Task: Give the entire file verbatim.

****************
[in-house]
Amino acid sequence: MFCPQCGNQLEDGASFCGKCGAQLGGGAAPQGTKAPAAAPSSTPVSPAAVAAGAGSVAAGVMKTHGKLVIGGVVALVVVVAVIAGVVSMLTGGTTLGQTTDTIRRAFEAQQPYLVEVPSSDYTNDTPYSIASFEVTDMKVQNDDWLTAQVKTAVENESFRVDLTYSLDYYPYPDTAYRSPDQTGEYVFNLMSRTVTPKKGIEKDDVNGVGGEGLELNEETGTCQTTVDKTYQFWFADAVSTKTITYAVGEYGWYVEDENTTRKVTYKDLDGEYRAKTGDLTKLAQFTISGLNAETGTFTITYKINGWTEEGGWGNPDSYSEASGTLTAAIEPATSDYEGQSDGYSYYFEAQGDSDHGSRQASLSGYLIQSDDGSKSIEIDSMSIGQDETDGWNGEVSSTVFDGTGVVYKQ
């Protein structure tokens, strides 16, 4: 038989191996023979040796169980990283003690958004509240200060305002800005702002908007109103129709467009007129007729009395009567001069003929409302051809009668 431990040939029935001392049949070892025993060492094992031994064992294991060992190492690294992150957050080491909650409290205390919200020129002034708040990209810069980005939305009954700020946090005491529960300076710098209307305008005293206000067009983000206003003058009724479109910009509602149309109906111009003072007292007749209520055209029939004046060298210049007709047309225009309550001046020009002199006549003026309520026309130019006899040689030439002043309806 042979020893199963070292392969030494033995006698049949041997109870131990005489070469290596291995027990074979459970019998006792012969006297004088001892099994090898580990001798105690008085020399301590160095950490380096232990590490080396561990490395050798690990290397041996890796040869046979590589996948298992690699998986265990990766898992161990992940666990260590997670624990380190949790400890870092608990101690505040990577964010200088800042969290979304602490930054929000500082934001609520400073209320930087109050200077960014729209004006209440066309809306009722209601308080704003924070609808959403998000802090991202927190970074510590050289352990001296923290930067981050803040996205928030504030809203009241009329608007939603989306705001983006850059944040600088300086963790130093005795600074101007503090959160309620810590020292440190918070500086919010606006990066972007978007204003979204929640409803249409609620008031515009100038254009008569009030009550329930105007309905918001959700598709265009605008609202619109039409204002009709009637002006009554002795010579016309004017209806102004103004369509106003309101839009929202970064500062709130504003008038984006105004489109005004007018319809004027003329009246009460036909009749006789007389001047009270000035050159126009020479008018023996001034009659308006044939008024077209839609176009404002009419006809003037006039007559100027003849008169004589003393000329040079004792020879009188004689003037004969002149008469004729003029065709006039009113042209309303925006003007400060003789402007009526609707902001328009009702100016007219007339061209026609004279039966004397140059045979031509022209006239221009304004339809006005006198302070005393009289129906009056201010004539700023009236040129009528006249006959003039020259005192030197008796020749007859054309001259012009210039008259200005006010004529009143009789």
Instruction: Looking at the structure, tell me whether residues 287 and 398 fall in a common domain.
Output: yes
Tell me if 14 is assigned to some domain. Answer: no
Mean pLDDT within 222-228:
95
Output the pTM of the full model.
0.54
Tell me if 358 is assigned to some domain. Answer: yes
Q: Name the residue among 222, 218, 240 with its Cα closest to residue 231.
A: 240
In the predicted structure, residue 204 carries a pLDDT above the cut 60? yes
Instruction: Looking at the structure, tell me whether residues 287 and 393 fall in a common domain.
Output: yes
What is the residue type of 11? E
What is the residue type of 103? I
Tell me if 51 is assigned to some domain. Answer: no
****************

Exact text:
[in-house]
Amino acid sequence: MFCPQCGNQLEDGASFCGKCGAQLGGGAAPQGTKAPAAAPSSTPVSPAAVAAGAGSVAAGVMKTHGKLVIGGVVALVVVVAVIAGVVSMLTGGTTLGQTTDTIRRAFEAQQPYLVEVPSSDYTNDTPYSIASFEVTDMKVQNDDWLTAQVKTAVENESFRVDLTYSLDYYPYPDTAYRSPDQTGEYVFNLMSRTVTPKKGIEKDDVNGVGGEGLELNEETGTCQTTVDKTYQFWFADAVSTKTITYAVGEYGWYVEDENTTRKVTYKDLDGEYRAKTGDLTKLAQFTISGLNAETGTFTITYKINGWTEEGGWGNPDSYSEASGTLTAAIEPATSDYEGQSDGYSYYFEAQGDSDHGSRQASLSGYLIQSDDGSKSIEIDSMSIGQDETDGWNGEVSSTVFDGTGVVYKQ
């Protein structure tokens, strides 16, 4: 038989191996023979040796169980990283003690958004509240200060305002800005702002908007109103129709467009007129007729009395009567001069003929409302051809009668 431990040939029935001392049949070892025993060492094992031994064992294991060992190492690294992150957050080491909650409290205390919200020129002034708040990209810069980005939305009954700020946090005491529960300076710098209307305008005293206000067009983000206003003058009724479109910009509602149309109906111009003072007292007749209520055209029939004046060298210049007709047309225009309550001046020009002199006549003026309520026309130019006899040689030439002043309806 042979020893199963070292392969030494033995006698049949041997109870131990005489070469290596291995027990074979459970019998006792012969006297004088001892099994090898580990001798105690008085020399301590160095950490380096232990590490080396561990490395050798690990290397041996890796040869046979590589996948298992690699998986265990990766898992161990992940666990260590997670624990380190949790400890870092608990101690505040990577964010200088800042969290979304602490930054929000500082934001609520400073209320930087109050200077960014729209004006209440066309809306009722209601308080704003924070609808959403998000802090991202927190970074510590050289352990001296923290930067981050803040996205928030504030809203009241009329608007939603989306705001983006850059944040600088300086963790130093005795600074101007503090959160309620810590020292440190918070500086919010606006990066972007978007204003979204929640409803249409609620008031515009100038254009008569009030009550329930105007309905918001959700598709265009605008609202619109039409204002009709009637002006009554002795010579016309004017209806102004103004369509106003309101839009929202970064500062709130504003008038984006105004489109005004007018319809004027003329009246009460036909009749006789007389001047009270000035050159126009020479008018023996001034009659308006044939008024077209839609176009404002009419006809003037006039007559100027003849008169004589003393000329040079004792020879009188004689003037004969002149008469004729003029065709006039009113042209309303925006003007400060003789402007009526609707902001328009009702100016007219007339061209026609004279039966004397140059045979031509022209006239221009304004339809006005006198302070005393009289129906009056201010004539700023009236040129009528006249006959003039020259005192030197008796020749007859054309001259012009210039008259200005006010004529009143009789």
Instruction: Looking at the structure, tell me whether residues 287 and 398 fall in a common domain.
Output: yes
Tell me if 14 is assigned to some domain. Answer: no
Mean pLDDT within 222-228:
95
Output the pTM of the full model.
0.54
Tell me if 358 is assigned to some domain. Answer: yes
Q: Name the residue among 222, 218, 240 with its Cα closest to residue 231.
A: 240
In the predicted structure, residue 204 carries a pLDDT above the cut 60? yes
Instruction: Looking at the structure, tell me whether residues 287 and 393 fall in a common domain.
Output: yes
What is the residue type of 11? E
What is the residue type of 103? I
Tell me if 51 is assigned to some domain. Answer: no